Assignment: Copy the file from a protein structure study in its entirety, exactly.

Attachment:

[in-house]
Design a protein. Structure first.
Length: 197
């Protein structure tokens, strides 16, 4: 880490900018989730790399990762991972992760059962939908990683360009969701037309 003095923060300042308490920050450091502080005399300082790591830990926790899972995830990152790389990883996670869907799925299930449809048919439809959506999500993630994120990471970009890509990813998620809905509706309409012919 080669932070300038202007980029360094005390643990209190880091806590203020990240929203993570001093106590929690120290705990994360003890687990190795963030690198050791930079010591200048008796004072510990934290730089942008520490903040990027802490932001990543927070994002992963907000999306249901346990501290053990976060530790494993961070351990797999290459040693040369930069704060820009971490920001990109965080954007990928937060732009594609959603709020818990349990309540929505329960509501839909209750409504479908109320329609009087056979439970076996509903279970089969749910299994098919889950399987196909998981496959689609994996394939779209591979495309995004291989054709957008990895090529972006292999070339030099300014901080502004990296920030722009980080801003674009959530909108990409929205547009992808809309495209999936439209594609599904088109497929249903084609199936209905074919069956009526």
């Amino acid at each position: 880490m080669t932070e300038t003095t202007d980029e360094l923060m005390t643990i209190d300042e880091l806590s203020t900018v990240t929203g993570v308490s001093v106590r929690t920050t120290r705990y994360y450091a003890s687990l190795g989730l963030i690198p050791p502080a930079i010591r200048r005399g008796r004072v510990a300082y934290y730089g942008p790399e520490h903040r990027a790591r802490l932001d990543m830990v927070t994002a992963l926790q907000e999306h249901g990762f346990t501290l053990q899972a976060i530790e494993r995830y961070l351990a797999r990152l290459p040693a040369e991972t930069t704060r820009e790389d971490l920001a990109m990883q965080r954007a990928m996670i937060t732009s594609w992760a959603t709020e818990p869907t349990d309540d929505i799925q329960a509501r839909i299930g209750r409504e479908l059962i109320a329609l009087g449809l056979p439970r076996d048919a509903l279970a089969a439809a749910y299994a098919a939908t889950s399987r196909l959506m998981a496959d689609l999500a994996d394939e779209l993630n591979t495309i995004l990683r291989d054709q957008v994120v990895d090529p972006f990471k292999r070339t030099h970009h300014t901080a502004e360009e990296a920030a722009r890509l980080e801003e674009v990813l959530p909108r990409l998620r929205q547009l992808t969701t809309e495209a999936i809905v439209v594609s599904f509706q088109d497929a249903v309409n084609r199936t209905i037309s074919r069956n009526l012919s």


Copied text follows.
[in-house]
Design a protein. Structure first.
Length: 197
């Protein structure tokens, strides 16, 4: 880490900018989730790399990762991972992760059962939908990683360009969701037309 003095923060300042308490920050450091502080005399300082790591830990926790899972995830990152790389990883996670869907799925299930449809048919439809959506999500993630994120990471970009890509990813998620809905509706309409012919 080669932070300038202007980029360094005390643990209190880091806590203020990240929203993570001093106590929690120290705990994360003890687990190795963030690198050791930079010591200048008796004072510990934290730089942008520490903040990027802490932001990543927070994002992963907000999306249901346990501290053990976060530790494993961070351990797999290459040693040369930069704060820009971490920001990109965080954007990928937060732009594609959603709020818990349990309540929505329960509501839909209750409504479908109320329609009087056979439970076996509903279970089969749910299994098919889950399987196909998981496959689609994996394939779209591979495309995004291989054709957008990895090529972006292999070339030099300014901080502004990296920030722009980080801003674009959530909108990409929205547009992808809309495209999936439209594609599904088109497929249903084609199936209905074919069956009526």
């Amino acid at each position: 880490m080669t932070e300038t003095t202007d980029e360094l923060m005390t643990i209190d300042e880091l806590s203020t900018v990240t929203g993570v308490s001093v106590r929690t920050t120290r705990y994360y450091a003890s687990l190795g989730l963030i690198p050791p502080a930079i010591r200048r005399g008796r004072v510990a300082y934290y730089g942008p790399e520490h903040r990027a790591r802490l932001d990543m830990v927070t994002a992963l926790q907000e999306h249901g990762f346990t501290l053990q899972a976060i530790e494993r995830y961070l351990a797999r990152l290459p040693a040369e991972t930069t704060r820009e790389d971490l920001a990109m990883q965080r954007a990928m996670i937060t732009s594609w992760a959603t709020e818990p869907t349990d309540d929505i799925q329960a509501r839909i299930g209750r409504e479908l059962i109320a329609l009087g449809l056979p439970r076996d048919a509903l279970a089969a439809a749910y299994a098919a939908t889950s399987r196909l959506m998981a496959d689609l999500a994996d394939e779209l993630n591979t495309i995004l990683r291989d054709q957008v994120v990895d090529p972006f990471k292999r070339t030099h970009h300014t901080a502004e360009e990296a920030a722009r890509l980080e801003e674009v990813l959530p909108r990409l998620r929205q547009l992808t969701t809309e495209a999936i809905v439209v594609s599904f509706q088109d497929a249903v309409n084609r199936t209905i037309s074919r069956n009526l012919s």